• Gavin Bates
  • 18 September 2012

If it ain’t broke…

In a capitalist society it is common to discard things that we deem no longer fit for purpose. We replace or upgrade them and consign the ‘broken’ item to the scrap heap.

Some humans are treated in a very similar way for a number of reasons. Different groups have campaigned for years to remove the stigma created from the assertion that certain types of people are ‘broken’. One of the last stigmas to remove from the workplace is the idea that those with mental health conditions are broken and not ‘fit for purpose’.

We have reached a point, at least through regulation, where if someone faces a physical disability then ‘reasonable adjustments’ are made to accommodate them within organisations. Whilst some discrimination still exists in this area it is at least openly regarded as bad practice. Yet the mind, so heavily connected to the body, is still treated in a completely discriminatory way, should any sign of perceived weakness be shown.

A survey released last week by St Patrick’s University Hospital in Dublin found that over a fifth of people surveyed believe that those suffering from mental health problems are of below average intelligence, whilst 42% felt that undergoing treatment for a mental health problem is a sign of personal failure.

Stephen Fry – below average intelligence? Elton John, Robbie Williams, Freddie Flintoff, Russell Brand, Ewan McGregor, Sheryl Crow – failures?

It is, without a doubt, going to be a massive task to overhaul such massively sweeping generalisations which are not based on fact but on personal opinion. Getting a legal framework in place that protects those with mental health conditions in the same way that physical conditions are protected is a starting point, but whilst this may create a layer of protection it will not transform the discrimination and stigma that exists through general ignorance.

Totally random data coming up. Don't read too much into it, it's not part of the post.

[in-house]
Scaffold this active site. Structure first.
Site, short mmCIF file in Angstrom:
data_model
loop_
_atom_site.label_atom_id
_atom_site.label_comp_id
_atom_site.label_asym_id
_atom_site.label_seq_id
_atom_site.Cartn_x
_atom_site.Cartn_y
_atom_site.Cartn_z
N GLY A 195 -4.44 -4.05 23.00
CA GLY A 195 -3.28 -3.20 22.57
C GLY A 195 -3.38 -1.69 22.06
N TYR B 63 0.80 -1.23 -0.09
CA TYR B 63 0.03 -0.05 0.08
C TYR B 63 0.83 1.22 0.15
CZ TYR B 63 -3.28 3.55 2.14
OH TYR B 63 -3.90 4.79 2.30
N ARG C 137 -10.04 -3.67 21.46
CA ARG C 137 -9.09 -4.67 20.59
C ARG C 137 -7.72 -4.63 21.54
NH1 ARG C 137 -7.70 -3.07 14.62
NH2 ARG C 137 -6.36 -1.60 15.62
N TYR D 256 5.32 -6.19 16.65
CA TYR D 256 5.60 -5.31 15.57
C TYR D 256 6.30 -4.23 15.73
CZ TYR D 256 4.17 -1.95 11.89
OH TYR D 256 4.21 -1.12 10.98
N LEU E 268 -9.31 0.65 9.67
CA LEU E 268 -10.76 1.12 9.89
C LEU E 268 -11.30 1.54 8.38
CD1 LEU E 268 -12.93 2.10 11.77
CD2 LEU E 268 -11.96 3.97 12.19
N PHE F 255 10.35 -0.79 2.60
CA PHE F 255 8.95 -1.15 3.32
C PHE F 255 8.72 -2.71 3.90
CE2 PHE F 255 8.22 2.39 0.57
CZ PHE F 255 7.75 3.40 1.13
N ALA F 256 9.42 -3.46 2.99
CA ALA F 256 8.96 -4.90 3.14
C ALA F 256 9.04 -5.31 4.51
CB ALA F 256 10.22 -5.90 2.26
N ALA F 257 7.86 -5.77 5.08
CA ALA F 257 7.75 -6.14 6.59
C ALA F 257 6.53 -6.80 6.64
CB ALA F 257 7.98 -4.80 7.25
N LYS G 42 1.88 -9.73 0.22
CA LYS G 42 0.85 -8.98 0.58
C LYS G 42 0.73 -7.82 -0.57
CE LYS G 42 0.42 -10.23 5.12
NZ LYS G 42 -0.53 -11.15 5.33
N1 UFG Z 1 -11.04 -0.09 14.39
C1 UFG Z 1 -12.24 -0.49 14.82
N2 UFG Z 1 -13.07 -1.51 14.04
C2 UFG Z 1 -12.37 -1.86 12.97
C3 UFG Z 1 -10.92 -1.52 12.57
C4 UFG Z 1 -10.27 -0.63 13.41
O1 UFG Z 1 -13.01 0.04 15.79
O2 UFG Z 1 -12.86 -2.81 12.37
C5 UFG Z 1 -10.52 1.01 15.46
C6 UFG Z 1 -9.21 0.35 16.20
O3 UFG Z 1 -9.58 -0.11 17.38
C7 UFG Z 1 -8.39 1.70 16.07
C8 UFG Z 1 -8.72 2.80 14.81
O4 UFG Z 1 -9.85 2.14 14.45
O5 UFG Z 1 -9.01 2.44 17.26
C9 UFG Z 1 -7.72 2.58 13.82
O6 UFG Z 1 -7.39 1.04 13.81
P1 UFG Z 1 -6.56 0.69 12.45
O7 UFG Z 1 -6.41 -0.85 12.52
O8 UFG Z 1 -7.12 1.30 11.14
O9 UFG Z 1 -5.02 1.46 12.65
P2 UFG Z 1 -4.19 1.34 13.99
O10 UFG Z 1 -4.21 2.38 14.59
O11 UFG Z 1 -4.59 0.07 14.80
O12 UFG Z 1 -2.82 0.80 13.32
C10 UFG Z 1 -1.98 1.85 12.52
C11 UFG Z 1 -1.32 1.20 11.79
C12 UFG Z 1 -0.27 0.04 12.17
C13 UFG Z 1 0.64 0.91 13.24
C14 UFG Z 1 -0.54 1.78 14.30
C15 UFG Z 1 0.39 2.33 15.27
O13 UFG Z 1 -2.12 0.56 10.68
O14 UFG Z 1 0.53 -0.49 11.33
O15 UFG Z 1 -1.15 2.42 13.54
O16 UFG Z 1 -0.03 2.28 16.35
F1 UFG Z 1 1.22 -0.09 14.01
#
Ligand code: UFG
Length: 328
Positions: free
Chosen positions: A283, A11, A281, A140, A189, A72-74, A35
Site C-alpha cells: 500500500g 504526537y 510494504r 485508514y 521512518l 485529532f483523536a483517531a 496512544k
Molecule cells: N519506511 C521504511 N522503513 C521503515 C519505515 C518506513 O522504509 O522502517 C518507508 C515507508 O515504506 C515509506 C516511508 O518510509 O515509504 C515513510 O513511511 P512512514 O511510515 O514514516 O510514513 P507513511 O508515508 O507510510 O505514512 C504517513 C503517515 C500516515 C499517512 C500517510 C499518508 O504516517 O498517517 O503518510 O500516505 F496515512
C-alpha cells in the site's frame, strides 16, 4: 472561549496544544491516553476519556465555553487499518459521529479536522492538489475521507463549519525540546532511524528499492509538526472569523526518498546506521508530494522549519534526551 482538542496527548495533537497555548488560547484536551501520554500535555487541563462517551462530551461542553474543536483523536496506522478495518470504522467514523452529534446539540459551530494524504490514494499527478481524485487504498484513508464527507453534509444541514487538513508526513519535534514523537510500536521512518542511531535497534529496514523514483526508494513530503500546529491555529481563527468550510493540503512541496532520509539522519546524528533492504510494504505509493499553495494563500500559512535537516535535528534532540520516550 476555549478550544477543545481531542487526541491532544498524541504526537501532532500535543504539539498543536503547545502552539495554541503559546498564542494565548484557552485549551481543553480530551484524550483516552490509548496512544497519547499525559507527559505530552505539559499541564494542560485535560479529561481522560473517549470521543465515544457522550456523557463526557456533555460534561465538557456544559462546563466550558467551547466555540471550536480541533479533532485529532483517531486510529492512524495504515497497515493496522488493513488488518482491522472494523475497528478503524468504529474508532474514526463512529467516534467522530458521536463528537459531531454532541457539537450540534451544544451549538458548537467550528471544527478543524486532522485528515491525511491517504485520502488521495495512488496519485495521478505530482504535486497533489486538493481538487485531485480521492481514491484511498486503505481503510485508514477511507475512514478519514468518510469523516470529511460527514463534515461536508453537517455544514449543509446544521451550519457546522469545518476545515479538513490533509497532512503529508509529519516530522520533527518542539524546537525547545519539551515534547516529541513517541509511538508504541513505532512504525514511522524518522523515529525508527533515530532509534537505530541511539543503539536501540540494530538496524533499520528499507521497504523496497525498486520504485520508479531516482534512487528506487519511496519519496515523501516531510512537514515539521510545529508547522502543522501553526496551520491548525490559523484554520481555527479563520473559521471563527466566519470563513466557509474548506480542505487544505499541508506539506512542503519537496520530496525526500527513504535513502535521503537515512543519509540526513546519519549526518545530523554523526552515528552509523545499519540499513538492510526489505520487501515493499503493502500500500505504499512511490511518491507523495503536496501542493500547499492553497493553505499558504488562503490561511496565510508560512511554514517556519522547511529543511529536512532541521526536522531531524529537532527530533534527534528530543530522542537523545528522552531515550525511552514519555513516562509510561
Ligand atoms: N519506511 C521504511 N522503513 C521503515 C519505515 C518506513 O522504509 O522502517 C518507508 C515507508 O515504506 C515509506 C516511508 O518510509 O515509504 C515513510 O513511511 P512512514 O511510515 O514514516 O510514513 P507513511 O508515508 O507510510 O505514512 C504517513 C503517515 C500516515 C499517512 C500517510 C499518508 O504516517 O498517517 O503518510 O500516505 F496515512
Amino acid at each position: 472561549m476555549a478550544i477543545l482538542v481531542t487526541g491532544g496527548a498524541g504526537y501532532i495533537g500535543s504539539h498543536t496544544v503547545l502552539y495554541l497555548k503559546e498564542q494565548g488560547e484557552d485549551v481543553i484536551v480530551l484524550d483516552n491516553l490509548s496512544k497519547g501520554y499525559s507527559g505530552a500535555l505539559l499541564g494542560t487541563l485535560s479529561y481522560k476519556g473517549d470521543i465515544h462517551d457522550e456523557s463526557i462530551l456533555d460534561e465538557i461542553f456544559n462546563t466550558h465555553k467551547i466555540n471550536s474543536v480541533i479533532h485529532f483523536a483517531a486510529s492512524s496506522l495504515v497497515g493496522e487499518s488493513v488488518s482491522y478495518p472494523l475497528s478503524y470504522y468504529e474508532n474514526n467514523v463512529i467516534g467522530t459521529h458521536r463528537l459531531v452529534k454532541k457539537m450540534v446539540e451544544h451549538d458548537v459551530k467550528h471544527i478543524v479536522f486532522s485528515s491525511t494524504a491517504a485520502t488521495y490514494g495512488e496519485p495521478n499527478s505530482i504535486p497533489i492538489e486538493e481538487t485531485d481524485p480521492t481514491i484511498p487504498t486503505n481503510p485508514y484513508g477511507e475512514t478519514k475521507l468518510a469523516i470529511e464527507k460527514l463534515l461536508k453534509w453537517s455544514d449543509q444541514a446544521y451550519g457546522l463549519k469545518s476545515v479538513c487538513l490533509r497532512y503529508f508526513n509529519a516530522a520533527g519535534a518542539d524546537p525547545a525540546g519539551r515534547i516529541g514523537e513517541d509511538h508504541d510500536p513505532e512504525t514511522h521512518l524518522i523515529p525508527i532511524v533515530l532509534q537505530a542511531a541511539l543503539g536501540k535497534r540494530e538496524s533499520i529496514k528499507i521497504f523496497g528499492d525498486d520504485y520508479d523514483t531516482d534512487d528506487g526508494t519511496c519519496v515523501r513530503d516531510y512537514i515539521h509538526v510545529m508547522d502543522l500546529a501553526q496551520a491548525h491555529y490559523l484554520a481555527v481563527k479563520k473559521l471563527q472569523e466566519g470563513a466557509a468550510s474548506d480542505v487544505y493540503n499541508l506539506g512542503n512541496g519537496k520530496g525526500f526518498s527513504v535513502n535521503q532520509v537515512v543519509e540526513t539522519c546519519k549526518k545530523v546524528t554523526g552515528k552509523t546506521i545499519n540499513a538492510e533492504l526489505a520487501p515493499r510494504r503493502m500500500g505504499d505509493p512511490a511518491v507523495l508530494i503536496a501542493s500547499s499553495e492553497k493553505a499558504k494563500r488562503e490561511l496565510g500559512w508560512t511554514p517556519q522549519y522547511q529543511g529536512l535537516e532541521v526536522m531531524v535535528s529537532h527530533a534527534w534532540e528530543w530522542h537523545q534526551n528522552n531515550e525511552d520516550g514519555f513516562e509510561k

Last Friday a Bill proposed by Tory backbencher and Croydon Central MP, Gavin Barwell, which aims to outlaw certain forms of mental health discrimination, passed through its second reading in the House of Commons. This is good news but just the tip of the iceberg.

In reading about what this Bill is fighting, I was amazed to find out that anyone who admitted having ever been treated for a mental health condition at any point in their life would not be allowed to perform jury service. This existing legislation, which similarly can potentially also prevent the same people acting as MPs or company directors, means that I could not perform one of the most basic functions and civil services I had always assumed I would offer society.